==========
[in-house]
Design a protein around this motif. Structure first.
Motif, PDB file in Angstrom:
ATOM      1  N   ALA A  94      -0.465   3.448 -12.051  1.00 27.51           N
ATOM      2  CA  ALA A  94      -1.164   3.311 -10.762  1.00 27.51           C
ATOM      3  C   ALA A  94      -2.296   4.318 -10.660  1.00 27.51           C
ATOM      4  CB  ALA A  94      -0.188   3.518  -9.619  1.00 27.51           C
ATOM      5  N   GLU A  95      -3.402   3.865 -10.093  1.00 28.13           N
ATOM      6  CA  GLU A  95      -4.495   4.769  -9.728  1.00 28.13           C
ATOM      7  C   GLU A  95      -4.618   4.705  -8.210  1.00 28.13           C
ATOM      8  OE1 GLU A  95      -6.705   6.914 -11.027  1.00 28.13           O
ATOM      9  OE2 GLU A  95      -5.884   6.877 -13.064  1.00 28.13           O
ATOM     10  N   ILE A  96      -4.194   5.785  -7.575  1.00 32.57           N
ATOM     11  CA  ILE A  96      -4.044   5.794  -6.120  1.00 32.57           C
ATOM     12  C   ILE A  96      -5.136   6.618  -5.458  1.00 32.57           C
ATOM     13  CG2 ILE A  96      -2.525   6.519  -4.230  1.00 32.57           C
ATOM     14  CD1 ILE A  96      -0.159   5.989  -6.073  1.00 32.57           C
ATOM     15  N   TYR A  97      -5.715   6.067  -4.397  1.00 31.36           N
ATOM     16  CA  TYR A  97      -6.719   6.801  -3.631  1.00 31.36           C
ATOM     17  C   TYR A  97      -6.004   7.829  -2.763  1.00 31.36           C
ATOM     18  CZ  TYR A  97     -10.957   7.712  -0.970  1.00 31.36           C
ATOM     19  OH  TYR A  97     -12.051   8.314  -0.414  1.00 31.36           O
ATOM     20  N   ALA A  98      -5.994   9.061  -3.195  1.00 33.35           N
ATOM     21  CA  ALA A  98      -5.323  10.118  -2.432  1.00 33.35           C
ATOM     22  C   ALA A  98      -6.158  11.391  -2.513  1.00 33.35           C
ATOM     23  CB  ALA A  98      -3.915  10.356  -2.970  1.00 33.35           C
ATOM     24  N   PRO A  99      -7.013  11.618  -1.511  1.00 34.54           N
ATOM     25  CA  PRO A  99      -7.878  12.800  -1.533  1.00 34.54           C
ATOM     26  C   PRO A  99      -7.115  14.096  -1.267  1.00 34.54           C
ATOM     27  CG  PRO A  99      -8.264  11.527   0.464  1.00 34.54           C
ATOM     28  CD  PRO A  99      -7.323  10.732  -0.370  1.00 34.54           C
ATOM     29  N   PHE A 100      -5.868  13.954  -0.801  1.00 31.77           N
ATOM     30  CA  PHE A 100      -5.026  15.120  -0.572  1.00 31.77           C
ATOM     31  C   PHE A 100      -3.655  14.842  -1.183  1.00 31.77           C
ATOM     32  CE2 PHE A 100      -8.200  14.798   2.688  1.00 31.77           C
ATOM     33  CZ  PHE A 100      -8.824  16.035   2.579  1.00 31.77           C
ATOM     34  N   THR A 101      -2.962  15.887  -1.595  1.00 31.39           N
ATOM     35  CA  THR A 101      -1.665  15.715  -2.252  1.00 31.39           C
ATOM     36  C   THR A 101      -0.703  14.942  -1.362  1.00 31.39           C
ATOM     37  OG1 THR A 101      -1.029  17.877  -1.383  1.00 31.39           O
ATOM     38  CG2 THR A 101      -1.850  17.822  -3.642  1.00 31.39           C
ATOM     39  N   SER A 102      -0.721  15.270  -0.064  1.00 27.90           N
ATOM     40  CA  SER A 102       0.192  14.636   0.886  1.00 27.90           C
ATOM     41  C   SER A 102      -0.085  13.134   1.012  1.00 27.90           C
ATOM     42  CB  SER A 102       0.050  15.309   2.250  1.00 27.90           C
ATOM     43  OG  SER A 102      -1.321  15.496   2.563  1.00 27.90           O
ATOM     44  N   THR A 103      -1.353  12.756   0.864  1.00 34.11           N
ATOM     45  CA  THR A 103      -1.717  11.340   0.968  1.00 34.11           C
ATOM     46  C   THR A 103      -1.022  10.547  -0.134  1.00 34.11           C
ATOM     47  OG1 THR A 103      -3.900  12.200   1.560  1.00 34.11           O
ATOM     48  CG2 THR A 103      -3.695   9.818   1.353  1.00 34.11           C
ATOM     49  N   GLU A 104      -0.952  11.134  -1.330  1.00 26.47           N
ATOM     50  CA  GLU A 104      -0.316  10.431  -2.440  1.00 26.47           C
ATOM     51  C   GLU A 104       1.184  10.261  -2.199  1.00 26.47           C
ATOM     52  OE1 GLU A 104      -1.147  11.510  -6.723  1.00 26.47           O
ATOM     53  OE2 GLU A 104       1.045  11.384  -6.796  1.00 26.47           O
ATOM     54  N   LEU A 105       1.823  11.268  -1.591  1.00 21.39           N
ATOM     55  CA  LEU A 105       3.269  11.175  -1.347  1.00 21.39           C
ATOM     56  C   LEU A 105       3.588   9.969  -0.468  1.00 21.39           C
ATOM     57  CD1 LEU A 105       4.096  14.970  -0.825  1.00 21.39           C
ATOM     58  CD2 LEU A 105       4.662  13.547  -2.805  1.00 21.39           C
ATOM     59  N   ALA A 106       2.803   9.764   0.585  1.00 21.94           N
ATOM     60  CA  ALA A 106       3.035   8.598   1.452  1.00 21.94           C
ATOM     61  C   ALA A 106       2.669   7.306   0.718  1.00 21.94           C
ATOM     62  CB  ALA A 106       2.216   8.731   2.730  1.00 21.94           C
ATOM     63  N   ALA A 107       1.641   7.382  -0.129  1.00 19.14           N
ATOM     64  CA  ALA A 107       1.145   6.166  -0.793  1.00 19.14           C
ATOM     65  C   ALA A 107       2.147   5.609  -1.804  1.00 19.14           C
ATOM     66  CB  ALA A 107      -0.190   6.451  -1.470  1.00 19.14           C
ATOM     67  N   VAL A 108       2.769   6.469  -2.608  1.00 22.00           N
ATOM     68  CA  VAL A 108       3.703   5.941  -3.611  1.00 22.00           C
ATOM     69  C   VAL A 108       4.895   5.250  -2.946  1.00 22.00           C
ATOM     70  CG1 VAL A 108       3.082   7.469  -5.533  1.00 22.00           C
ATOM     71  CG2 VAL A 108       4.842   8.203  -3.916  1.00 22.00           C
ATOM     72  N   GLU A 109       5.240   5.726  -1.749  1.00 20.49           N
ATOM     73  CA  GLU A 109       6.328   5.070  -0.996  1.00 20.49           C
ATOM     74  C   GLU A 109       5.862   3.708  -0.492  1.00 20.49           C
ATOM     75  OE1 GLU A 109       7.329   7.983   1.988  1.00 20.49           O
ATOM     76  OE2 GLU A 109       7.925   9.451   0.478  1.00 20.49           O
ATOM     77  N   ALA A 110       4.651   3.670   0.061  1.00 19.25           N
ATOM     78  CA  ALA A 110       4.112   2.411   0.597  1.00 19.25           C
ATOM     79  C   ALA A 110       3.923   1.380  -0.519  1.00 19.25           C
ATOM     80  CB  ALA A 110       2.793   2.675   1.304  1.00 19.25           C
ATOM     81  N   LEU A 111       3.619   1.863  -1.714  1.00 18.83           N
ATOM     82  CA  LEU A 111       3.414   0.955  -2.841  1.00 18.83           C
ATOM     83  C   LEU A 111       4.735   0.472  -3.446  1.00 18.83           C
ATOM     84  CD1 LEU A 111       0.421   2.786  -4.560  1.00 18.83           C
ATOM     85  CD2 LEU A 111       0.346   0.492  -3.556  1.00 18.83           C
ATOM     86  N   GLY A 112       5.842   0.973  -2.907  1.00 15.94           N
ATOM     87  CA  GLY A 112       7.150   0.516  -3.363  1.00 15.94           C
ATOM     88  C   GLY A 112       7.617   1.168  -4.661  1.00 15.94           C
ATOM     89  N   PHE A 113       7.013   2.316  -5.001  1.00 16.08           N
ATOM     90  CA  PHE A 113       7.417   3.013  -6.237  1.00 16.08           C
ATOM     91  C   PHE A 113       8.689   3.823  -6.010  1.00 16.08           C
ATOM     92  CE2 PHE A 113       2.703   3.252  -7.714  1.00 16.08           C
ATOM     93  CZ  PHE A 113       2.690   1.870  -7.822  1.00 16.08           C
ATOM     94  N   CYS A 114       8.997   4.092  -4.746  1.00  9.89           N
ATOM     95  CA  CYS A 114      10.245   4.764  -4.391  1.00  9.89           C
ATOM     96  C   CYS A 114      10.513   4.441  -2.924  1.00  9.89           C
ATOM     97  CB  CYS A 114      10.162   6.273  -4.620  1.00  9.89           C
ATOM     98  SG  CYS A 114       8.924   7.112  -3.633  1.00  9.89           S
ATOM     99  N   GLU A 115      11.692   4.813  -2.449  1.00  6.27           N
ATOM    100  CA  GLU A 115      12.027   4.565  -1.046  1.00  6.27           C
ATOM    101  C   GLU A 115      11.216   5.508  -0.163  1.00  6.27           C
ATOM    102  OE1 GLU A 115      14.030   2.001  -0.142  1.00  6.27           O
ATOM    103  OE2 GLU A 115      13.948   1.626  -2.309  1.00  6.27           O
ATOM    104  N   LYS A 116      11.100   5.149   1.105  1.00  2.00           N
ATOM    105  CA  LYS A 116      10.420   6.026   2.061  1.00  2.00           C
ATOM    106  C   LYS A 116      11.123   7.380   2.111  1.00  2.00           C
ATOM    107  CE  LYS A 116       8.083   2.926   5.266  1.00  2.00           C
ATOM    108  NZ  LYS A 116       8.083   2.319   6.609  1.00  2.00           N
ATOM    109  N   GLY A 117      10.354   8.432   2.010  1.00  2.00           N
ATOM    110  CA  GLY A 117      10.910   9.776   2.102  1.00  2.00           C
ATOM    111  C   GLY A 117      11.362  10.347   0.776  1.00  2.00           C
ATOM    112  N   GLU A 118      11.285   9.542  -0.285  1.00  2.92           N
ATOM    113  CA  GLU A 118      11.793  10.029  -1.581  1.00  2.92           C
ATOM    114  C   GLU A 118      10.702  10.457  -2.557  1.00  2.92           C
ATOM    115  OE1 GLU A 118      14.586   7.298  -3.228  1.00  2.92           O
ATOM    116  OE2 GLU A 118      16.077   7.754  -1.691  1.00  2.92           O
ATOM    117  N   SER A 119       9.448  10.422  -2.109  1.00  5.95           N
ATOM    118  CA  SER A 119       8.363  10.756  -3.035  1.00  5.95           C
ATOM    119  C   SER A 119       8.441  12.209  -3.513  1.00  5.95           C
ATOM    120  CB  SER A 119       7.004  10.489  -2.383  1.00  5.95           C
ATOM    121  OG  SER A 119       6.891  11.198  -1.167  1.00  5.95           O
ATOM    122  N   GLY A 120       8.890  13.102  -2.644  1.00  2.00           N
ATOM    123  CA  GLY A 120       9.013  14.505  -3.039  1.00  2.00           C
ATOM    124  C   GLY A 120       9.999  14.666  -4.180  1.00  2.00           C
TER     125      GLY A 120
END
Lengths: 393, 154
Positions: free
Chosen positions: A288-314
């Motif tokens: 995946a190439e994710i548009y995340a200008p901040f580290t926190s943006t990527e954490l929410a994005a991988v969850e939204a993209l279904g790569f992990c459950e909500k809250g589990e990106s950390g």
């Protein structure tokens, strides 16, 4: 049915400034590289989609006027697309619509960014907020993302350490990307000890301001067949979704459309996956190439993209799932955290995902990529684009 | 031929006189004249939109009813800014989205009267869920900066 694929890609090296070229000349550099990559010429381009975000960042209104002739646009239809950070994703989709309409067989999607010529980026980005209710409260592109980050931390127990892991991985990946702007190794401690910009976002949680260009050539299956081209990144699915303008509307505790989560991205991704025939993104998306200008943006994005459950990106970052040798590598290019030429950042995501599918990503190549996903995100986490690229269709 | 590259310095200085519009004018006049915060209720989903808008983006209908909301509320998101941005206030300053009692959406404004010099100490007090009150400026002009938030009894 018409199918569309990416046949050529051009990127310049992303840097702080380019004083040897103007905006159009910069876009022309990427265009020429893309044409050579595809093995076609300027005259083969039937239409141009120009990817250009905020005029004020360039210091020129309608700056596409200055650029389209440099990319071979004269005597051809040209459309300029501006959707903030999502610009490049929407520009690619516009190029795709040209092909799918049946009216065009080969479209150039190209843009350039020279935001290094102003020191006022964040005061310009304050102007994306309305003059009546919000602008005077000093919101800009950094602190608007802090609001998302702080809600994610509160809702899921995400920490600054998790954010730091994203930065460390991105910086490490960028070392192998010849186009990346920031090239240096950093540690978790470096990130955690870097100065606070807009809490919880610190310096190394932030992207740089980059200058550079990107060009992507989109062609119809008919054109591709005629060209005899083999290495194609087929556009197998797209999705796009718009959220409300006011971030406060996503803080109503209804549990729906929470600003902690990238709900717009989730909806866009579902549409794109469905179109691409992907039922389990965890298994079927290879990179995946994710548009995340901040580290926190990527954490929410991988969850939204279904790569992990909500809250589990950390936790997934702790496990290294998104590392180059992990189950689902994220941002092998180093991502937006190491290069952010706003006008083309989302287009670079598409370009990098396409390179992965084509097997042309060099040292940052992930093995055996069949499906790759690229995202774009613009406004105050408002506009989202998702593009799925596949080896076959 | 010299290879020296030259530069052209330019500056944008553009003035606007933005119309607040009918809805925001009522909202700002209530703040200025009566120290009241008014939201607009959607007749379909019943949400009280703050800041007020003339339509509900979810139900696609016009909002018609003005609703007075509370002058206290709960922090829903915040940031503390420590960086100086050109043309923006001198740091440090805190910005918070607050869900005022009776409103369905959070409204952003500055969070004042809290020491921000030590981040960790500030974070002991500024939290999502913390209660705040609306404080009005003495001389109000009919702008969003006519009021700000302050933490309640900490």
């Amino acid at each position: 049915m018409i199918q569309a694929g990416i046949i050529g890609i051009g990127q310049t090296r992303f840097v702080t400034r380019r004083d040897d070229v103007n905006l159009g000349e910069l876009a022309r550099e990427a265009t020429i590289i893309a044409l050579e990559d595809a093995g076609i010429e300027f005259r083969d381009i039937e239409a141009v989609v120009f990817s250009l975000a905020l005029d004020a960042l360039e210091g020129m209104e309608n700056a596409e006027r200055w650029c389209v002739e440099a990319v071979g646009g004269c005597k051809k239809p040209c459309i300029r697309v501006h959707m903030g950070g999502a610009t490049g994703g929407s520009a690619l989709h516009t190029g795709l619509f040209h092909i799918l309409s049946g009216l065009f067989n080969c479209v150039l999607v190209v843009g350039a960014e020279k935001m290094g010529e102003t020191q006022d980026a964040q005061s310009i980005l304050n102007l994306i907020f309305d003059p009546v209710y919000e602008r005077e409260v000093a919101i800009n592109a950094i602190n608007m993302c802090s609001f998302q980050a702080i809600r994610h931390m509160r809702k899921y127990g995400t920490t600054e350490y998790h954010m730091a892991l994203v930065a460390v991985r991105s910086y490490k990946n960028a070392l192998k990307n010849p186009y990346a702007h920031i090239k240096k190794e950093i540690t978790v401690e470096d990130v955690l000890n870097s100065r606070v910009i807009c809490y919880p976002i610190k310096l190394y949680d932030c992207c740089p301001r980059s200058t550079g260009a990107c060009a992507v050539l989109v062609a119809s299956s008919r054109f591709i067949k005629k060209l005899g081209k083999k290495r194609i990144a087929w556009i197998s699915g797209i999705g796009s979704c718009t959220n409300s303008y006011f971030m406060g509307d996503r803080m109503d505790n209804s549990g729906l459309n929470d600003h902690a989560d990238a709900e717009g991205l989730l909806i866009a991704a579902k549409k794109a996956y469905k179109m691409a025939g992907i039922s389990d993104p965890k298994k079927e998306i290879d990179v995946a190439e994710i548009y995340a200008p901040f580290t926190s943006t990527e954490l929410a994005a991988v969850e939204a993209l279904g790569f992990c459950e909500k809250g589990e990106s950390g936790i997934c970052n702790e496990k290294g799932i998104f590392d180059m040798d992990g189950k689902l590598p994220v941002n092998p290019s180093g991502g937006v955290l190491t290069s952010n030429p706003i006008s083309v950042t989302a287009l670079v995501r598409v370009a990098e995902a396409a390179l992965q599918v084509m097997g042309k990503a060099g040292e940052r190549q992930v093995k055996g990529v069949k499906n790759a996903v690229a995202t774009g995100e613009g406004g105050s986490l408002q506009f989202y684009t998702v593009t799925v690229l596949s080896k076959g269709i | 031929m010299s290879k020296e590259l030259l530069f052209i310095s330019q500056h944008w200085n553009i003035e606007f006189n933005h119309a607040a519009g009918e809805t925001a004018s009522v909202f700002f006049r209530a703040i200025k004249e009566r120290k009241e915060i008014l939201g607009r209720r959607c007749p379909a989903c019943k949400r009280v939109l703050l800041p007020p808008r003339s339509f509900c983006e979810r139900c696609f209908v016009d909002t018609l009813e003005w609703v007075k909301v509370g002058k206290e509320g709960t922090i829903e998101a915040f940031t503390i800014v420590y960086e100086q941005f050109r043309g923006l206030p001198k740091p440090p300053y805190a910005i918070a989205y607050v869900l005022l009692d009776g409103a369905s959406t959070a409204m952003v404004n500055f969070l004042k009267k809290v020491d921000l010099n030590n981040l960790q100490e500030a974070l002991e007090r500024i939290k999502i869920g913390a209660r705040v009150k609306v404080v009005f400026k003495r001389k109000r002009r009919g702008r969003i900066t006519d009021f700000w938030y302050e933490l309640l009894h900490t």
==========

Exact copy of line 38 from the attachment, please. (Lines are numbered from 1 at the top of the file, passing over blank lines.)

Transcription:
ATOM     35  CA  THR A 101      -1.665  15.715  -2.252  1.00 31.39           C